The worst thing about the Google’s iPhone rival is that strange mix of metal and glass on the back. The Pixel 2 will reportedly feature a similar rear design, although the glass part will no longer incorporate the fingerprint sensor, a recent report said. Regardless of what materials Google uses for the back of the handset, the company may be working on a special kind of unique Pixel feature that will probably never be found on any iPhone.

Discovered by Patently Mobile the patent highlights a touch sensitive surface on the back that would let the user control the device without interacting with any elements on the screen by touching the back of the handset.

In such a case “the entire front side of the device available for the display so that a finger does not need to occlude the touch sensitive display to interact with the images on the display.”

Image Source: Patently Mobile

Before you get too excited — or annoyed? — about such a Pixel phone, you should know this is technology described in a recent patent awarded to Google. So, while the company may have worked on tech like this, it doesn’t mean it’ll ever make it into a commercial product. In fact, one could argue that the current Pixel already has a touch-friendly area on the back: The fingerprint sensor that supports additional gestures.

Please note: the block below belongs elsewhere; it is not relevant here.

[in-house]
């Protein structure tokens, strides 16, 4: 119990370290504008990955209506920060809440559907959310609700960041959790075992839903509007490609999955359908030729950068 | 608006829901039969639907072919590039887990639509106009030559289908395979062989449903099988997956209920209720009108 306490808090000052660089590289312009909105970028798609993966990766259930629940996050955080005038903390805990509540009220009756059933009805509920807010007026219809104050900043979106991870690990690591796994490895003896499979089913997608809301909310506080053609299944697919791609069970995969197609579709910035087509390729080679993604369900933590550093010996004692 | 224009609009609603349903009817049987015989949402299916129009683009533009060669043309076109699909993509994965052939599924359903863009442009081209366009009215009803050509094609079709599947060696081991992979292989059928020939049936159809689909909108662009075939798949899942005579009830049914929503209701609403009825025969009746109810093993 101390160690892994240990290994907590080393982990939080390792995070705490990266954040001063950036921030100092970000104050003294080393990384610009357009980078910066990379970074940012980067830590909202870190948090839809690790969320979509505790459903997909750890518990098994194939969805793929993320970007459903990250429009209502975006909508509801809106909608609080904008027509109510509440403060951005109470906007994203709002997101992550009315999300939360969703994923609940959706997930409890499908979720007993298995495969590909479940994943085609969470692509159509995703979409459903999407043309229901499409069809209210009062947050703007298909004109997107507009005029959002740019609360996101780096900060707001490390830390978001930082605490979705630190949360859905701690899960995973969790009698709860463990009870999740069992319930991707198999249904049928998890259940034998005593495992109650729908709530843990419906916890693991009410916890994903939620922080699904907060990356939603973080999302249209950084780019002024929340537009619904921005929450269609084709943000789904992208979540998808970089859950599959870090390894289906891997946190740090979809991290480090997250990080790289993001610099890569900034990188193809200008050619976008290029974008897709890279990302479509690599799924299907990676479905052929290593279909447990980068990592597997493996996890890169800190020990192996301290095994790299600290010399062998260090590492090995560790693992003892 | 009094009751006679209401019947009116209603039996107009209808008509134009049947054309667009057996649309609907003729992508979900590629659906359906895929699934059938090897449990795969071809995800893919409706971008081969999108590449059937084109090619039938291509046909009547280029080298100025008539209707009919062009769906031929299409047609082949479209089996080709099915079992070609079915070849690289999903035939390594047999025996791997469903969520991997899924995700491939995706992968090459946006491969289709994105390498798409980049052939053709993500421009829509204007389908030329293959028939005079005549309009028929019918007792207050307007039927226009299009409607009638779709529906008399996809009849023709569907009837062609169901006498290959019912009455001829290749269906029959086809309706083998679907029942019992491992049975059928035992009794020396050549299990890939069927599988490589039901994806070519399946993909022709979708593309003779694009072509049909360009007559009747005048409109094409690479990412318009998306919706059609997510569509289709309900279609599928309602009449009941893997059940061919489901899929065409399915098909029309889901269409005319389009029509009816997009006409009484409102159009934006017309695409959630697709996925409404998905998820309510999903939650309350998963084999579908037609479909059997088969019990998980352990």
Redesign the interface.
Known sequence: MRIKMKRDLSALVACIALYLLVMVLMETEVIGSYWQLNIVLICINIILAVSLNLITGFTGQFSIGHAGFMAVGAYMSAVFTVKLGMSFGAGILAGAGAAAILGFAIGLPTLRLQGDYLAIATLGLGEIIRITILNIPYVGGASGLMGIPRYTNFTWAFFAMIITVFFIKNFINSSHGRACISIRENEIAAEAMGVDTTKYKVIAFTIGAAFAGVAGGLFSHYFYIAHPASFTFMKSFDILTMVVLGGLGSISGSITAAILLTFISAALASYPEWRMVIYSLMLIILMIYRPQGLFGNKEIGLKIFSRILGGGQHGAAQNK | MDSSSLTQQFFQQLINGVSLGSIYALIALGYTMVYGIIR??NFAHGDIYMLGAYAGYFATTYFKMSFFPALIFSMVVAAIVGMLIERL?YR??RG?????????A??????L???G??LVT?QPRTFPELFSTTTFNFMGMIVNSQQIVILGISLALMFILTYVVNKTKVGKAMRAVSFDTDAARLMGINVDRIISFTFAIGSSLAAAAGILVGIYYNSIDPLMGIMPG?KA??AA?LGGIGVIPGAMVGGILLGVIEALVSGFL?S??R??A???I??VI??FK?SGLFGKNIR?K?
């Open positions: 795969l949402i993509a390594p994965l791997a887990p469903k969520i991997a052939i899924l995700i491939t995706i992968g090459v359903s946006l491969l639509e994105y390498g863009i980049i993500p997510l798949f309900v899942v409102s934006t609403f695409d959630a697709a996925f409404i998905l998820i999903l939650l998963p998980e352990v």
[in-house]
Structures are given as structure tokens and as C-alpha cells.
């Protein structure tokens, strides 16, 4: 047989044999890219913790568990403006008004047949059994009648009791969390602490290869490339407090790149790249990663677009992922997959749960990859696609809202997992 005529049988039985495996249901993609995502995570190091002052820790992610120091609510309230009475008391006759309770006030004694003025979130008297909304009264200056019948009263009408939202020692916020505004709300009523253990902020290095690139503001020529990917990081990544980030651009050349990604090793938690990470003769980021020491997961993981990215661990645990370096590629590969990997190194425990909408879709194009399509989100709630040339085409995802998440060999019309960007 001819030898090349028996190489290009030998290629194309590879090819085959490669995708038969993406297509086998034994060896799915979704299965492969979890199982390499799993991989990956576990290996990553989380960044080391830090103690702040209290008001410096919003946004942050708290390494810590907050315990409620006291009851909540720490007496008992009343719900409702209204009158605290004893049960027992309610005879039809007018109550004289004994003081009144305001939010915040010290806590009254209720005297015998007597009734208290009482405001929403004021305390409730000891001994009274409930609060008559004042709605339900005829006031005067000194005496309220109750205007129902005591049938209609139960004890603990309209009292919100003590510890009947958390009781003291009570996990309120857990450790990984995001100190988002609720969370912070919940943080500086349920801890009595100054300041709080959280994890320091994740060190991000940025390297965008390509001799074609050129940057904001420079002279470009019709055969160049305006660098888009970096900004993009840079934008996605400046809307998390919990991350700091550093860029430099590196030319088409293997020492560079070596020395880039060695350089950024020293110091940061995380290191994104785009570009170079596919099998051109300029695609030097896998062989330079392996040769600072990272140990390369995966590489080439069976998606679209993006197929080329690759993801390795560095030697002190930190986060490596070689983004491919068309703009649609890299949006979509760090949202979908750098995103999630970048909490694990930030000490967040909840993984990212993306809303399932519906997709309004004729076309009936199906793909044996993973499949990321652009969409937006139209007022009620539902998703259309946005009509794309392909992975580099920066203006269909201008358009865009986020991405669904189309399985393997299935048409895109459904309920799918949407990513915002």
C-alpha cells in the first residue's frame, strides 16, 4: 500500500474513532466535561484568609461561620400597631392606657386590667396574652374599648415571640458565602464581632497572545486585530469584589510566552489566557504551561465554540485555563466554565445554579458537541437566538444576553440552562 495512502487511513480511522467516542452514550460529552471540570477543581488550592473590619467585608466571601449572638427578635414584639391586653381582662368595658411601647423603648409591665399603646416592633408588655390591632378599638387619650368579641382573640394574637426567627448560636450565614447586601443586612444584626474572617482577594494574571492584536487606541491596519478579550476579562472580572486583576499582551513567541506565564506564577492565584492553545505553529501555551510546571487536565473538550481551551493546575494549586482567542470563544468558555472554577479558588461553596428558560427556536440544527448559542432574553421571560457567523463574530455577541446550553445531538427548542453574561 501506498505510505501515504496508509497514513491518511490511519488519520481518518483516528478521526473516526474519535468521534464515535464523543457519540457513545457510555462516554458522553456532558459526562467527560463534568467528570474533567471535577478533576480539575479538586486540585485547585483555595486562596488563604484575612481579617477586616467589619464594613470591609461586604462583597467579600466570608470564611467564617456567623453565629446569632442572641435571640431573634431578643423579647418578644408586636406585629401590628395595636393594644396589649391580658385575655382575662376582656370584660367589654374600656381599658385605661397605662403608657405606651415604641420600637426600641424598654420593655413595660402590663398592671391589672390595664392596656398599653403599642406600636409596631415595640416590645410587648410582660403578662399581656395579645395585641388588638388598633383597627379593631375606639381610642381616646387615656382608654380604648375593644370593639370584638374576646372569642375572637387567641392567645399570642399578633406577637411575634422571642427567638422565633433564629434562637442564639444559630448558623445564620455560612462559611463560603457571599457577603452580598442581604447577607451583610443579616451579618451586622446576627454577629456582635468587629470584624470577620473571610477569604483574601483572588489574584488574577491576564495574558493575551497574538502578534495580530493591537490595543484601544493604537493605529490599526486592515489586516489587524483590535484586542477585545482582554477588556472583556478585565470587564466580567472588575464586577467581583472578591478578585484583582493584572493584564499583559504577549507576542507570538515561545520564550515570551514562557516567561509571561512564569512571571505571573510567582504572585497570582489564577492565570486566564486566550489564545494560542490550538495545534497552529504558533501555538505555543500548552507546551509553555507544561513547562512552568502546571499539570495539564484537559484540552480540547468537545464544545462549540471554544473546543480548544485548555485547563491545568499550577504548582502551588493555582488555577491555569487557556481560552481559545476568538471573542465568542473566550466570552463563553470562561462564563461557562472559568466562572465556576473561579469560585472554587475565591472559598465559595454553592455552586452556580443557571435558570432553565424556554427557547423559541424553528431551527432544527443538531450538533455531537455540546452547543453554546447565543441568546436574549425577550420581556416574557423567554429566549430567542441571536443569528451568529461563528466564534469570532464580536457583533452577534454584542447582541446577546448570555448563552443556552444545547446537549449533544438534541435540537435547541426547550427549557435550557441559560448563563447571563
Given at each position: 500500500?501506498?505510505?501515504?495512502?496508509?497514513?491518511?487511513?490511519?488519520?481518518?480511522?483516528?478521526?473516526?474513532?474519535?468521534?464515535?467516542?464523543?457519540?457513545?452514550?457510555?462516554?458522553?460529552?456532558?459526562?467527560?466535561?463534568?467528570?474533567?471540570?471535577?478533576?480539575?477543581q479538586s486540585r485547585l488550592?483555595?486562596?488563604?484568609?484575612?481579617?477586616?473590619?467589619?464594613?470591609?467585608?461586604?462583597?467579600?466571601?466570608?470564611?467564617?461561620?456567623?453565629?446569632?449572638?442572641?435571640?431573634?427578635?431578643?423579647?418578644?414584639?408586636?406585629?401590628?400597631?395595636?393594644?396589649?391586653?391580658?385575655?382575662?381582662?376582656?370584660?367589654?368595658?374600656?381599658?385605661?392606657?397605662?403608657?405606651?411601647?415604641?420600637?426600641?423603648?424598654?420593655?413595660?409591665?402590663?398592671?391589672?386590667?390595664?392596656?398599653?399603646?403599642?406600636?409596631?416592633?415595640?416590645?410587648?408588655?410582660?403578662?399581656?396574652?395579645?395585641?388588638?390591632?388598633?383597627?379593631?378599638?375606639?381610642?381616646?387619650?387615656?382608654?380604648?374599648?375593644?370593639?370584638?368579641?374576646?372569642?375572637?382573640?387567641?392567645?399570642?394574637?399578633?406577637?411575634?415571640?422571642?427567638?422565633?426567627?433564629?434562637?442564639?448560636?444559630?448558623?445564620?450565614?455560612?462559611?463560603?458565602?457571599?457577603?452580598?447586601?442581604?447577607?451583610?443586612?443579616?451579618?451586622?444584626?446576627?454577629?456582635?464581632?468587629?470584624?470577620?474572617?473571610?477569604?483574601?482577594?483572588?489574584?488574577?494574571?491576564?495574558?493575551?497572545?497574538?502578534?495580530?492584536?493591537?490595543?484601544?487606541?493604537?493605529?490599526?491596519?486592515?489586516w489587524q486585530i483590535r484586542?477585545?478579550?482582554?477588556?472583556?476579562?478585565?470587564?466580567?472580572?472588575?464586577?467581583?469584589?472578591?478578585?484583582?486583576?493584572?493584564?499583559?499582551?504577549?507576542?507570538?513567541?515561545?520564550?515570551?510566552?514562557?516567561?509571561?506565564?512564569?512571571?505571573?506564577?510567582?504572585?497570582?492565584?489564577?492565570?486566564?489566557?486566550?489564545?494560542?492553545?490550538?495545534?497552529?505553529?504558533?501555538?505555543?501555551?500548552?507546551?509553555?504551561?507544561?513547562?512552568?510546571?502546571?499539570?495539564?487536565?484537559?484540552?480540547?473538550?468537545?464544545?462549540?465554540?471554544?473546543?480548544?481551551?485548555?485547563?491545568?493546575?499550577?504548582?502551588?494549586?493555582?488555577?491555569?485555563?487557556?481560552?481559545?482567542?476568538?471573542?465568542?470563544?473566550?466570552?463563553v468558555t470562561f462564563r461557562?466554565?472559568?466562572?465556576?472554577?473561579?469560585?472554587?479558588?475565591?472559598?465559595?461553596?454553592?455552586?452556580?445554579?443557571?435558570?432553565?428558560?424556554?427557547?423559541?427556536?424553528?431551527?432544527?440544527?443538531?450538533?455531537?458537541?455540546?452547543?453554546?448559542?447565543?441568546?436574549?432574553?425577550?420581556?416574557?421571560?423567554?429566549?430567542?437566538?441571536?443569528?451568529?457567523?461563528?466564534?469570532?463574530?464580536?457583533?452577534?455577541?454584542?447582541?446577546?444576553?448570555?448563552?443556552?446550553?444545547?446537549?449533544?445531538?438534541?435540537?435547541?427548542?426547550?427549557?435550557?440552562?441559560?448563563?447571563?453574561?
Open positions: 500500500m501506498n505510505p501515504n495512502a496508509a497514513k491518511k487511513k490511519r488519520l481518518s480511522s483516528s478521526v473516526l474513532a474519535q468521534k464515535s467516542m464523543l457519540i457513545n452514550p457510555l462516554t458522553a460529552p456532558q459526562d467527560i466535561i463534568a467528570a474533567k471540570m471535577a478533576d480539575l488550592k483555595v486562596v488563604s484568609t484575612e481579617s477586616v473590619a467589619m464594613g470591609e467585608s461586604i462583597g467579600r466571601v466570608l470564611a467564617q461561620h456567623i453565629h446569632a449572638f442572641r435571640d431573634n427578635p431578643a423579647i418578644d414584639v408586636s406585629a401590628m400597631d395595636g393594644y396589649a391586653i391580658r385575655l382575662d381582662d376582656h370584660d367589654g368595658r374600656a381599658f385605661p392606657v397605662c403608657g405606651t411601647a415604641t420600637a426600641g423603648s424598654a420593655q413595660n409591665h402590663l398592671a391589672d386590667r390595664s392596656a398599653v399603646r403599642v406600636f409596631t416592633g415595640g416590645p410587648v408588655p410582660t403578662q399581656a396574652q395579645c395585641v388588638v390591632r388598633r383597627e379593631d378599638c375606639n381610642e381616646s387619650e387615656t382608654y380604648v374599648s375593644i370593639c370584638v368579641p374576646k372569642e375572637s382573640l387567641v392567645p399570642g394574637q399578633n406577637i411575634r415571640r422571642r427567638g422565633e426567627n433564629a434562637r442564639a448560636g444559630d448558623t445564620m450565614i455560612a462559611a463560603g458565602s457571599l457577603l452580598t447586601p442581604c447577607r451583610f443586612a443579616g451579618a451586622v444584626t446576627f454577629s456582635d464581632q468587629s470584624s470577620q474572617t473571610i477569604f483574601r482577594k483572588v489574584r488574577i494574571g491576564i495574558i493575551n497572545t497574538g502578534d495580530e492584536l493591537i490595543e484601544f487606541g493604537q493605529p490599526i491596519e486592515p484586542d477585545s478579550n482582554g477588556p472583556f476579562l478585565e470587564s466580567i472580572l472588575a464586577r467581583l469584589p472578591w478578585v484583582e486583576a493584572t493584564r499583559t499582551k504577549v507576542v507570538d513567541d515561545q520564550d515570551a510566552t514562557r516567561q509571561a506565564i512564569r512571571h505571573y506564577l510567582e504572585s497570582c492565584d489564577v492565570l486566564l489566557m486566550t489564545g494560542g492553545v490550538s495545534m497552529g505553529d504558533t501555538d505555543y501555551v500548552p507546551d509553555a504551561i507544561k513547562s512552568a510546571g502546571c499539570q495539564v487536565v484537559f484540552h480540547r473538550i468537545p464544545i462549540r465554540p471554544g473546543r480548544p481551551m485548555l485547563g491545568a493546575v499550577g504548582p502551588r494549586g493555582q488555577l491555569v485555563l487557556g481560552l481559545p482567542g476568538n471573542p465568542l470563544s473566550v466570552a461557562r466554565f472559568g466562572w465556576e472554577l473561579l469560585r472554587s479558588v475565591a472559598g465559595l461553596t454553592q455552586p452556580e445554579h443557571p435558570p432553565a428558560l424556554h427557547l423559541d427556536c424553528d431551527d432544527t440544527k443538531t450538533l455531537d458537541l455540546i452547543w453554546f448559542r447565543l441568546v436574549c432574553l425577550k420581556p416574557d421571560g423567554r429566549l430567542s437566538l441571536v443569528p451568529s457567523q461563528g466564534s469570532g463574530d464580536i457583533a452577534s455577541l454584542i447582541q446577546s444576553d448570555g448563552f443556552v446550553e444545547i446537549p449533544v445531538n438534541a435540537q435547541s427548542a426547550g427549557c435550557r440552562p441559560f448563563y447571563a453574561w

The drawings in the patent seem to indicate that the touch area on the back of the handset would extend beyond the rear-facing fingerprint sensor — which is a touch area itself on the Pixel and Pixel XL.

The touch-friendly area would be able to interpret gestures with the help of various technologies including “a resistive touch sensor, a surface acoustic wave touch sensor, a surface capacitance sensor, a projected capacitance sensor, a mutual capacitance sensor, a self-capacitance sensor, an infrared grid sensor, an infrared acrylic projection sensor, an optical imaging sensor, a dispersive signal sensor, an acoustic pulse recognition sensor, and so forth.”

It sounds like Google is covering all its bases, as it’s yet to decide what tech the phone will use to recognize and interpret gestures made on the back of the handset. Of course, that’s assuming Google decides to move forward and use this tech in a future Pixel model.

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